What the Iowa Caucus Means for Cannabis Legalization and Civil Liberties Supporters

   

Rubio was the real GOP winner while the Democrats prepare for a  slog after a tie

After months (years?) of campaigning in one of the more unique political seasons in modern American history, the Iowa caucus results are in. Republican Ted Cruz won a solid electoral victory while Marco Rubio won the political victory.

The Democratic candidates virtually tied, with progressive values winning the day, setting up a long campaign between a vision of major progressive change versus more incremental reform. Cannabis legalization supporters and civil libertarian activists can generally be pleased with the Democratic results. There is cause for alarm on the Republican side–the rise of Marco Rubio.

A tie really? How can it take so long for precincts to report? Who has all night for this?

A decisive electoral victory by Bernie Sanders would have been preferred by myself, and I believe most cannabis law reformers and many civil libertarian advocates, but Bernie Sanders could declare a political victory, even though he may not actually end up with quite as many votes or delegates as the establishment-favored candidate. Most media outlets, likely because they privately (and sometimes publicly) dismissed the idea that a 74 year-old democratic socialist from a small rural state like Vermont could actually take on the formidable Clinton political machine.

Senator Bernie Sanders declared a “virtual tie” and I think that this is an actual time that a “virtual” electoral tie is a “literal” political tie. (Hillary Clinton actually won two delegates by winning coin flips after precinct votes ended in ties. Update: 6 delegates won by coin flips!) Sanders proved that he is a worthy challenger while Hillary Clinton demonstrated that she is the frontrunner for a reason. The anti-establishment candidate called for a political revolution after declaring “virtual tie” while the establishment frontrunner declared a “sigh of relief” in a speech that listed a very progressive platform.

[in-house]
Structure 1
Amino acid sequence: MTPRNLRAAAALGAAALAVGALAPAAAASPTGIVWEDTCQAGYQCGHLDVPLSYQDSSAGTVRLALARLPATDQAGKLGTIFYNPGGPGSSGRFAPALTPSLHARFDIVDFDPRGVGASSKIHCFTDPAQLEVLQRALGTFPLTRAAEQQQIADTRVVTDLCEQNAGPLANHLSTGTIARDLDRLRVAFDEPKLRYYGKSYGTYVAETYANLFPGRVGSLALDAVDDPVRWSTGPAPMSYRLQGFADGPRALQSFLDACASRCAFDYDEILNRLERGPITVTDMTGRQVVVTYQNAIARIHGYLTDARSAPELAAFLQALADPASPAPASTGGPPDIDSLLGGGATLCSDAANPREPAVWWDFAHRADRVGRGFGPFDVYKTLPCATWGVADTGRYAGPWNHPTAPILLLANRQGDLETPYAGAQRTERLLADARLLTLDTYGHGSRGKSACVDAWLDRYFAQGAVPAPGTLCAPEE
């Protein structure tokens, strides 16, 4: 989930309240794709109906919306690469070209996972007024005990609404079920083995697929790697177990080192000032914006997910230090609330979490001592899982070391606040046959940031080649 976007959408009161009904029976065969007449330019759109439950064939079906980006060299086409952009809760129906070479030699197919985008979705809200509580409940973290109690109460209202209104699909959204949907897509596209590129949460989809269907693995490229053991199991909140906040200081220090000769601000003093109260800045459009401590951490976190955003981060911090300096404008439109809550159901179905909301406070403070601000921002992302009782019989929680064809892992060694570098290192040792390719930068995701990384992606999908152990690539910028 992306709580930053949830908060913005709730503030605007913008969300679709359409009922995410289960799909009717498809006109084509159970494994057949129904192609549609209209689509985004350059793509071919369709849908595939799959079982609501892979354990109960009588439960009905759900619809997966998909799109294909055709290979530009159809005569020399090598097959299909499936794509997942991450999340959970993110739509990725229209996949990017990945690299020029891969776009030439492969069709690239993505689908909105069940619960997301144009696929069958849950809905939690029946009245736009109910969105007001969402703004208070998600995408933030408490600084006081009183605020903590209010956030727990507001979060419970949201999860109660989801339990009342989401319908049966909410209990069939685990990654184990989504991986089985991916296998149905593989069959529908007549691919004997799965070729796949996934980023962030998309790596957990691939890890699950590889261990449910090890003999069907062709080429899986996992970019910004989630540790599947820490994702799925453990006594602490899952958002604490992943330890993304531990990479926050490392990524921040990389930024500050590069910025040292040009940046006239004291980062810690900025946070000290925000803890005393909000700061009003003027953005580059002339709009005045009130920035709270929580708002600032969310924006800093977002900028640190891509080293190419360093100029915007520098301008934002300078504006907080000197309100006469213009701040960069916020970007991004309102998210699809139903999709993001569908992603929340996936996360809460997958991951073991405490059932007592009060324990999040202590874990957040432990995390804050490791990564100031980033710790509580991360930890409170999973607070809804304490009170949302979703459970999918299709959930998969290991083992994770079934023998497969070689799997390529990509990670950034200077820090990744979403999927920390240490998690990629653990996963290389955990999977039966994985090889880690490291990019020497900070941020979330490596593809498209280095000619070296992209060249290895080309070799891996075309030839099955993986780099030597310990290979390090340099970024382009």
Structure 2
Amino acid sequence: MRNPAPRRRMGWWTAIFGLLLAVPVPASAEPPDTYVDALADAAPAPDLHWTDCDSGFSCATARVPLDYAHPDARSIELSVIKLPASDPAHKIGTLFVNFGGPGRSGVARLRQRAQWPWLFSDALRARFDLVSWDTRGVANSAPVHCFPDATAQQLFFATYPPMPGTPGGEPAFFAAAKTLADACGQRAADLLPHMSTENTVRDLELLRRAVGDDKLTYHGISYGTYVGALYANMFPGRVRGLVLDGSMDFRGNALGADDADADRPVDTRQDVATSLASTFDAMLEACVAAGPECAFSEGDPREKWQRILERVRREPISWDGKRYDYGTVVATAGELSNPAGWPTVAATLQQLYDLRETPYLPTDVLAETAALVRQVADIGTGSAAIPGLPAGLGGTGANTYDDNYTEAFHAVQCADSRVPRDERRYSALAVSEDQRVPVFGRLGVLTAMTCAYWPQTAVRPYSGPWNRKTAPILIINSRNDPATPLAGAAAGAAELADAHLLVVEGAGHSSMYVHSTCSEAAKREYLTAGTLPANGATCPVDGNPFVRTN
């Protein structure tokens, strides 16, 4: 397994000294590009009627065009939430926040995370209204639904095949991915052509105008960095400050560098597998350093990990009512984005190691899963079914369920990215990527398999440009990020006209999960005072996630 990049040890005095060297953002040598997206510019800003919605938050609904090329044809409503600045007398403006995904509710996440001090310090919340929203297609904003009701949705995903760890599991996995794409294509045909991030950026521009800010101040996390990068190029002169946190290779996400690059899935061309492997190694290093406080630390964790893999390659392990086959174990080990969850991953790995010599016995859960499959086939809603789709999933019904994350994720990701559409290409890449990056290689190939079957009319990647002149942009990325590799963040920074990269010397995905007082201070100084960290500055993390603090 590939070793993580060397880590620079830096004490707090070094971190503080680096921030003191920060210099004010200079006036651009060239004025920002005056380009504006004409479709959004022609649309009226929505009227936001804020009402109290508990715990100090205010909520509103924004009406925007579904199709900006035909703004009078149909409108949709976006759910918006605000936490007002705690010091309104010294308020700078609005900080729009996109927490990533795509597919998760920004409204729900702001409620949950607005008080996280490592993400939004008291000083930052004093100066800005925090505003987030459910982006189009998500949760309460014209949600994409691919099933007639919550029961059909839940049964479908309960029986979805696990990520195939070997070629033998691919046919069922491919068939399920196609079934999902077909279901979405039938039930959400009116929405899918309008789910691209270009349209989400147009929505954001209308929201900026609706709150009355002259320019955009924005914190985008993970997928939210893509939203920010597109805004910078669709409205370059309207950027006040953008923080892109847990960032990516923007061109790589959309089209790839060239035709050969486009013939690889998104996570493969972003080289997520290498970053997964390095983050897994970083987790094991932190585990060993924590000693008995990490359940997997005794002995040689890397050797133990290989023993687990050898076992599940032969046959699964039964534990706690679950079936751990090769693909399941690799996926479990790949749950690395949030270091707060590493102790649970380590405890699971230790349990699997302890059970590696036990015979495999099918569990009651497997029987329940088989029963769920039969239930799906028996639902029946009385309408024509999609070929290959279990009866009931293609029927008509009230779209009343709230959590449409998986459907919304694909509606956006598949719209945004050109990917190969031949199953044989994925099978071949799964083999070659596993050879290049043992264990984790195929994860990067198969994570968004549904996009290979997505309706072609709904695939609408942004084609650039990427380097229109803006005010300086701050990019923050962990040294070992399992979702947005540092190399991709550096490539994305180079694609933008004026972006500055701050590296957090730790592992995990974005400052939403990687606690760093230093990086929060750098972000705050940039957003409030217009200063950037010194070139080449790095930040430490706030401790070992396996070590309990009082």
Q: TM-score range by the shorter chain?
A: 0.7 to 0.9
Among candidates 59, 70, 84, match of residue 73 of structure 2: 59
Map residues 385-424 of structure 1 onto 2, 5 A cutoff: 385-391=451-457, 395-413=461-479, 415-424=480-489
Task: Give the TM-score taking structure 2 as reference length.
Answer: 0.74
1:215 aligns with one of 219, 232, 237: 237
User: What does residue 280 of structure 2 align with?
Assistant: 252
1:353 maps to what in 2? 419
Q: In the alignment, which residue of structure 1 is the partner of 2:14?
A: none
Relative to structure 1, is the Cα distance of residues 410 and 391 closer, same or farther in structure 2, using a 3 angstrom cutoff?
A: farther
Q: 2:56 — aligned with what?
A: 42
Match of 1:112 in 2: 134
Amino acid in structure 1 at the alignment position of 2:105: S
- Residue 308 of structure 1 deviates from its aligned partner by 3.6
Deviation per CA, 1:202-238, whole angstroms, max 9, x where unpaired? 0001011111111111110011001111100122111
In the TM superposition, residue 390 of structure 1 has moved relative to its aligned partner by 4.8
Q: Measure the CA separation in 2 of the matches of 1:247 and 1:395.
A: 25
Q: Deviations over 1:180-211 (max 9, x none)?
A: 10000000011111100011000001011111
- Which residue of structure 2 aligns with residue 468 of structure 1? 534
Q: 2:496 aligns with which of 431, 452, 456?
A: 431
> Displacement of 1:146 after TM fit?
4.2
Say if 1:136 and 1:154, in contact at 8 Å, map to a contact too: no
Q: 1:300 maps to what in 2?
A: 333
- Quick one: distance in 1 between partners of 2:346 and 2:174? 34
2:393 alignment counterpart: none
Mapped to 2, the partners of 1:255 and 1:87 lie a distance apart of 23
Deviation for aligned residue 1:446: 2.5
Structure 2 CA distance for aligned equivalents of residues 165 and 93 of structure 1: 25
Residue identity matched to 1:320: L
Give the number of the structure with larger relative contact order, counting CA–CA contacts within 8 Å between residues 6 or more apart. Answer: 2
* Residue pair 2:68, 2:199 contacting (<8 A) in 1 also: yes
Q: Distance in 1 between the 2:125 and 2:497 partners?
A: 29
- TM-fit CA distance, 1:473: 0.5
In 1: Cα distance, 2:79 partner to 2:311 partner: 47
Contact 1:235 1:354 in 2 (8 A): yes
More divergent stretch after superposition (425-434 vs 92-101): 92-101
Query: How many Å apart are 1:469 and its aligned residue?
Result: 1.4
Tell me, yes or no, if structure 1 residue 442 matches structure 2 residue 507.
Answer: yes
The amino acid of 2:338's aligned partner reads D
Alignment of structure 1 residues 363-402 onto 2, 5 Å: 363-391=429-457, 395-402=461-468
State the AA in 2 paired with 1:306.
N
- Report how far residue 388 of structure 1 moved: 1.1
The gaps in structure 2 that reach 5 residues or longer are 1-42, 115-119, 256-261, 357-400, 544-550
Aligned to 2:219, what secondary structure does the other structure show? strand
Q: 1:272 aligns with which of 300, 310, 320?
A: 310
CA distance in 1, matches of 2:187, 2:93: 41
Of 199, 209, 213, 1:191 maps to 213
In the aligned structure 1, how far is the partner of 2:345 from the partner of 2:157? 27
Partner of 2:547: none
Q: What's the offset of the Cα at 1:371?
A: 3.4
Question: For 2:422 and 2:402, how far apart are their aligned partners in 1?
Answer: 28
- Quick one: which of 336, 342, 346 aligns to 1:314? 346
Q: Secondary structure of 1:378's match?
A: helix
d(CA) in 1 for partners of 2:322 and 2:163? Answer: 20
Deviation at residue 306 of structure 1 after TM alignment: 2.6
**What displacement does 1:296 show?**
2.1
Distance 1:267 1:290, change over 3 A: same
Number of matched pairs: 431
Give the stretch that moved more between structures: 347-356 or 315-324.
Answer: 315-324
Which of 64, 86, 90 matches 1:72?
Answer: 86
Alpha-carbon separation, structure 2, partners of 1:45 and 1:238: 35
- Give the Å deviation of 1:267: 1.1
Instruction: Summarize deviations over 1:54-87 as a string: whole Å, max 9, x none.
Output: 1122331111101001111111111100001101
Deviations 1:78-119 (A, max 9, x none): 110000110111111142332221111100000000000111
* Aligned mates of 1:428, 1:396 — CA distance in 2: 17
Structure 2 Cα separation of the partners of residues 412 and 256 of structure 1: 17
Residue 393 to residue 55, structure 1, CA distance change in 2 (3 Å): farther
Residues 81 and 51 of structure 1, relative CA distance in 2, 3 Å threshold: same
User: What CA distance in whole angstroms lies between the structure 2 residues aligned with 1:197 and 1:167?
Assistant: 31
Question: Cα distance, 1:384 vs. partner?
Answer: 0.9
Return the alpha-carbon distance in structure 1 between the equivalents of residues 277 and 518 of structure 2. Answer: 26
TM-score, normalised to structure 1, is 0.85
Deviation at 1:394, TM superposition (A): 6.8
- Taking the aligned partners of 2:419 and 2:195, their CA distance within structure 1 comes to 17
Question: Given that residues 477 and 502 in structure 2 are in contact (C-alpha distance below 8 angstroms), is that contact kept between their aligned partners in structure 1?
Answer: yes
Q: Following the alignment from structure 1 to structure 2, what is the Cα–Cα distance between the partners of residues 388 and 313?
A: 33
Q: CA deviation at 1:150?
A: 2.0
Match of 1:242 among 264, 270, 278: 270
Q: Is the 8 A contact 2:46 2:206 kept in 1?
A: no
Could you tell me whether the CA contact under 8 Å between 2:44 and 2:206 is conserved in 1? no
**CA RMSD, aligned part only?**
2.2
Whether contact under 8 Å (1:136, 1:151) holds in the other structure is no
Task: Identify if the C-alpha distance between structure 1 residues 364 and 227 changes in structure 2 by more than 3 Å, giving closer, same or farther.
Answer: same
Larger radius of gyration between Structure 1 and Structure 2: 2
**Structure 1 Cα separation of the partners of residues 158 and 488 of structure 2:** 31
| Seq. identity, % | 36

For various reasons, including the political ideals of Democratic-leaning voters, Hillary Clinton, will be decent on drug law reform and most civil liberties. The former Secretary of State’s foreign policy is a bit hawkish for my tastes, so I do fear potential losses due to national security fears in time of war, but not near as much as what I fear from the Republicans.

In politics, expectations can actually elevate the third place finisher over the winner

While Ted Cruz earned the most GOP votes and delegates, Marco Rubio became the big political winner by finishing in third place, setting himself up as the the Republican establishment candidate. The large number of evangelical Christians propelled Ted  Cruz to first place, the electoral demographics don’t look great for Cruz in New Hampshire and beyond.

Donald Trump seemed to be the political loser, finishing 2nd, as his “I’m a winner and we’re gonna win so much when I win” persona took a hit. It will be interesting to see how Marco Rubio fares in New Hampshire and South Carolina when the Donald starts attacking the new establishment standard-bearer.